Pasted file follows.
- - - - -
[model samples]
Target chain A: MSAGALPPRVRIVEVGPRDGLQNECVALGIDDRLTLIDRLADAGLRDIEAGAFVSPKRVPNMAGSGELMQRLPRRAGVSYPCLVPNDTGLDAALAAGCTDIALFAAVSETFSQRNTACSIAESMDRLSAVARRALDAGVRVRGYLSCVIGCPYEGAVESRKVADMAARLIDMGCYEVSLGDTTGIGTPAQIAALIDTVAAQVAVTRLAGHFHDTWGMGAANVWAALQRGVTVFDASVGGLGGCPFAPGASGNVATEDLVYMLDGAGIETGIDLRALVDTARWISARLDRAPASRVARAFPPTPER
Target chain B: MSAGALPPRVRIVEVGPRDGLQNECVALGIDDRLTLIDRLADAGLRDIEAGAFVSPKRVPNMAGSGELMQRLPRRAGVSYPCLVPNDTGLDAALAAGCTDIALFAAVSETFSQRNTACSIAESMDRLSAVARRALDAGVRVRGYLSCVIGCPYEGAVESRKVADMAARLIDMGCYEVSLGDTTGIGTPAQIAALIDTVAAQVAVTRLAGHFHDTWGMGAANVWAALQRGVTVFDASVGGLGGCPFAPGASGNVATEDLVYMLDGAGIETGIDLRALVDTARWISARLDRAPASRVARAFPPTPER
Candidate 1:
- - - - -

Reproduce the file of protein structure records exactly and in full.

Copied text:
[model samples]
Target chain A: MSAGALPPRVRIVEVGPRDGLQNECVALGIDDRLTLIDRLADAGLRDIEAGAFVSPKRVPNMAGSGELMQRLPRRAGVSYPCLVPNDTGLDAALAAGCTDIALFAAVSETFSQRNTACSIAESMDRLSAVARRALDAGVRVRGYLSCVIGCPYEGAVESRKVADMAARLIDMGCYEVSLGDTTGIGTPAQIAALIDTVAAQVAVTRLAGHFHDTWGMGAANVWAALQRGVTVFDASVGGLGGCPFAPGASGNVATEDLVYMLDGAGIETGIDLRALVDTARWISARLDRAPASRVARAFPPTPER
Target chain B: MSAGALPPRVRIVEVGPRDGLQNECVALGIDDRLTLIDRLADAGLRDIEAGAFVSPKRVPNMAGSGELMQRLPRRAGVSYPCLVPNDTGLDAALAAGCTDIALFAAVSETFSQRNTACSIAESMDRLSAVARRALDAGVRVRGYLSCVIGCPYEGAVESRKVADMAARLIDMGCYEVSLGDTTGIGTPAQIAALIDTVAAQVAVTRLAGHFHDTWGMGAANVWAALQRGVTVFDASVGGLGGCPFAPGASGNVATEDLVYMLDGAGIETGIDLRALVDTARWISARLDRAPASRVARAFPPTPER
Candidate 1: